The idea is (or, rather, MY idea is) that people who read my blog will think WOW I’d like to tuck into more stuff by this magnificent blogger and will then click on and download my Wonderful Book. Certainly I’ve really enjoyed several self-published books that I found on WordPress. Some great writing is not being published via the old-fashioned/conventional channels. In fact, it’s often better than the stuff in the bookstores (and a whole lot cheaper). But in my case I only have positive evidence that blogging has helped me sell one copy. 

In another way (ie not sales related) I do have concrete proof that blogging has helped me publish. Early on it connected me with another first-time self-publisher who was far more blog-literate than I was and incredibly supportive with no prospect of financial reward (which still amazes me). 

Indirectly, thanks to her encouragement, on 21 December I finally delivered another book. This time I published with Smashwords (following my blog-friend’s example) in ebook format only. This is SELF-PUBLISHING in the true sense of the word. Along with the (minimal) effort and the risks involved it has one major advantage: I can now tell exactly how many books I sell. This time around I’m not uploading to Amazon and I’m not asking folk to review me (if they do it will just be a bonus). So for me 2014 will be an honest experiment to see if blogging really DOES help self-publishers connect with readers.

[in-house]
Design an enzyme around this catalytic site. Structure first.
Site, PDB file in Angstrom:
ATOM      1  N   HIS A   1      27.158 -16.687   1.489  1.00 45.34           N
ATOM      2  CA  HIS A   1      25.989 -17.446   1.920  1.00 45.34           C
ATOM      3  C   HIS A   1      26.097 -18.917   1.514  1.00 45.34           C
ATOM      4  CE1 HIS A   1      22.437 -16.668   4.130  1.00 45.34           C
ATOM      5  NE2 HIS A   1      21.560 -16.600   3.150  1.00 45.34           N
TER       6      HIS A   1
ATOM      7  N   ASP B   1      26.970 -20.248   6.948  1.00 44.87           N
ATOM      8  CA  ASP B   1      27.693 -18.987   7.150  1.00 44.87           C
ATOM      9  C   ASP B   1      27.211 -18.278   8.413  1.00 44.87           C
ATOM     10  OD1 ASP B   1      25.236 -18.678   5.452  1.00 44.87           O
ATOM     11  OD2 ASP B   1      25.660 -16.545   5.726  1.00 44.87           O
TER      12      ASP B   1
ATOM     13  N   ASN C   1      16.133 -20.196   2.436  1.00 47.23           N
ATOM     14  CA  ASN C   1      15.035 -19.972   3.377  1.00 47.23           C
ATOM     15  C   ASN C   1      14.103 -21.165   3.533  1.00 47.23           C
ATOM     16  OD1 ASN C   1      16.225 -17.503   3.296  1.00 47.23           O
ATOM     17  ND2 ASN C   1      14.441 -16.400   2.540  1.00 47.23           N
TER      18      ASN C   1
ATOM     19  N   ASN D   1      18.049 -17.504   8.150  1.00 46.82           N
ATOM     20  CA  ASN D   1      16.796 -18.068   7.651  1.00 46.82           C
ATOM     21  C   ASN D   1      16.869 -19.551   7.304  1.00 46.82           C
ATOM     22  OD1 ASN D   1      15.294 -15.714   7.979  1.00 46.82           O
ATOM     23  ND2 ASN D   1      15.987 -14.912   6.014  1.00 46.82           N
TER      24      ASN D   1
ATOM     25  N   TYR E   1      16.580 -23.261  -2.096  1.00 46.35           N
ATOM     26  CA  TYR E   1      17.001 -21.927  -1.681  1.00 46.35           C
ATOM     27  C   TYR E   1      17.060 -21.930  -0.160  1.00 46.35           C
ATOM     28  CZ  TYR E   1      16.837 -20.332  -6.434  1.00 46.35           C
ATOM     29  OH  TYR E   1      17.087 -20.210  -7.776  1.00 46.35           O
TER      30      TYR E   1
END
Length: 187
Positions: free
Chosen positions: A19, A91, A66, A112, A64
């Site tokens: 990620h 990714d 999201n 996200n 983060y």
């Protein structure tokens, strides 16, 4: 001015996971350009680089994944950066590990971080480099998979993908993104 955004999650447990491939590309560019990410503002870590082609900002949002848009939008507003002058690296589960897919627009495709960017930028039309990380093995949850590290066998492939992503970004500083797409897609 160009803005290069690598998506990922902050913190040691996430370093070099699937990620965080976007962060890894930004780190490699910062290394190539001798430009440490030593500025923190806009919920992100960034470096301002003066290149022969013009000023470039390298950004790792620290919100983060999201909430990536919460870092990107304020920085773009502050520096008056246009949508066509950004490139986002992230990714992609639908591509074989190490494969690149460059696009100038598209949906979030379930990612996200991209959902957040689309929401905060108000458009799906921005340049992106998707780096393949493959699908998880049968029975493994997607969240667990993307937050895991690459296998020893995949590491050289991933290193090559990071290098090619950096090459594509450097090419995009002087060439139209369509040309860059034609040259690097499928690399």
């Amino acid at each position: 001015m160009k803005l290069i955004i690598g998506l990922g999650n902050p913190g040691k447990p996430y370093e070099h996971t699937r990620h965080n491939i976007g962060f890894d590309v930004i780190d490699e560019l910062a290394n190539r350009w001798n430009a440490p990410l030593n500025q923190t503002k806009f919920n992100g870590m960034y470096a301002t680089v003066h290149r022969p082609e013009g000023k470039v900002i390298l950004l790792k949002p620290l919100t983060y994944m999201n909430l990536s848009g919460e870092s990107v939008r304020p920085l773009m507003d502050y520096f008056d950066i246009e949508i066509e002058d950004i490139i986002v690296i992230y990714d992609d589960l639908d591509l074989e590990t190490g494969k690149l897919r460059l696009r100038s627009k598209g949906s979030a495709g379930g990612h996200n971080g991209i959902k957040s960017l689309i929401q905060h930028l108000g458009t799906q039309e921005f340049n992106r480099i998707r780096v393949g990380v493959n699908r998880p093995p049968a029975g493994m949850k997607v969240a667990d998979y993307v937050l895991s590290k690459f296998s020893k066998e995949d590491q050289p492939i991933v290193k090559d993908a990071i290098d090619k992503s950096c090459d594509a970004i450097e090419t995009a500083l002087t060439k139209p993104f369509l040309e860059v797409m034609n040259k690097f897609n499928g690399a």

That said, I can tell you what (in my experience) does NOT sell books. First and foremost, a book launch. Rubbish. I had a great party, but didn’t sell a single copy. In fact, if you asked my friends I don’t think they’d be able to tell you why we had the party in the first place. Secondly, book reviews. I had at least three four-star reviews but suspect I was the only one who read them. Next, bookshops. As a self-publisher I found it next to impossible to get bookstores to sell my books. (Another reason why I’m opting for ebook-format only this time round.) I sold three books at each of the two stores that very kindly put Hillary’s Angel on their shelves.  

Then we come to “friends and family”. All the publishing guidelines recommend that you do NOT give friends and family copies of your books. Thing is, they don’t tell you how to get these friends and family to buy their own copies. In the end I gifted copies to most of mine.